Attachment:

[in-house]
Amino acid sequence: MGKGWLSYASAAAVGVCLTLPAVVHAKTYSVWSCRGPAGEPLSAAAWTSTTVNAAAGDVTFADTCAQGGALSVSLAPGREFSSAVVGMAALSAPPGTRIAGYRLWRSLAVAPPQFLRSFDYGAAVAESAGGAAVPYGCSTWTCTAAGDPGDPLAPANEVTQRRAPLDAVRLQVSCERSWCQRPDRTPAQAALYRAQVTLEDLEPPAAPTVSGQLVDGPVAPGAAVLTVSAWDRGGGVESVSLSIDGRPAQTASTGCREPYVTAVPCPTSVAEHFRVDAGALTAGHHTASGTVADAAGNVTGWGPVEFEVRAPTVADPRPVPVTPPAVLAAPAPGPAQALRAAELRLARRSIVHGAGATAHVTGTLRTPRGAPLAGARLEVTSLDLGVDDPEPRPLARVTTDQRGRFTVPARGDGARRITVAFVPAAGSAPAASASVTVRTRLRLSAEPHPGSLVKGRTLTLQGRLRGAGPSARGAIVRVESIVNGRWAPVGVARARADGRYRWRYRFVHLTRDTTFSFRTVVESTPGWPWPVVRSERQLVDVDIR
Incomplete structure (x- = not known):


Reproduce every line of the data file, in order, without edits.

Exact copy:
[in-house]
Amino acid sequence: MGKGWLSYASAAAVGVCLTLPAVVHAKTYSVWSCRGPAGEPLSAAAWTSTTVNAAAGDVTFADTCAQGGALSVSLAPGREFSSAVVGMAALSAPPGTRIAGYRLWRSLAVAPPQFLRSFDYGAAVAESAGGAAVPYGCSTWTCTAAGDPGDPLAPANEVTQRRAPLDAVRLQVSCERSWCQRPDRTPAQAALYRAQVTLEDLEPPAAPTVSGQLVDGPVAPGAAVLTVSAWDRGGGVESVSLSIDGRPAQTASTGCREPYVTAVPCPTSVAEHFRVDAGALTAGHHTASGTVADAAGNVTGWGPVEFEVRAPTVADPRPVPVTPPAVLAAPAPGPAQALRAAELRLARRSIVHGAGATAHVTGTLRTPRGAPLAGARLEVTSLDLGVDDPEPRPLARVTTDQRGRFTVPARGDGARRITVAFVPAAGSAPAASASVTVRTRLRLSAEPHPGSLVKGRTLTLQGRLRGAGPSARGAIVRVESIVNGRWAPVGVARARADGRYRWRYRFVHLTRDTTFSFRTVVESTPGWPWPVVRSERQLVDVDIR
Incomplete structure (x- = not known):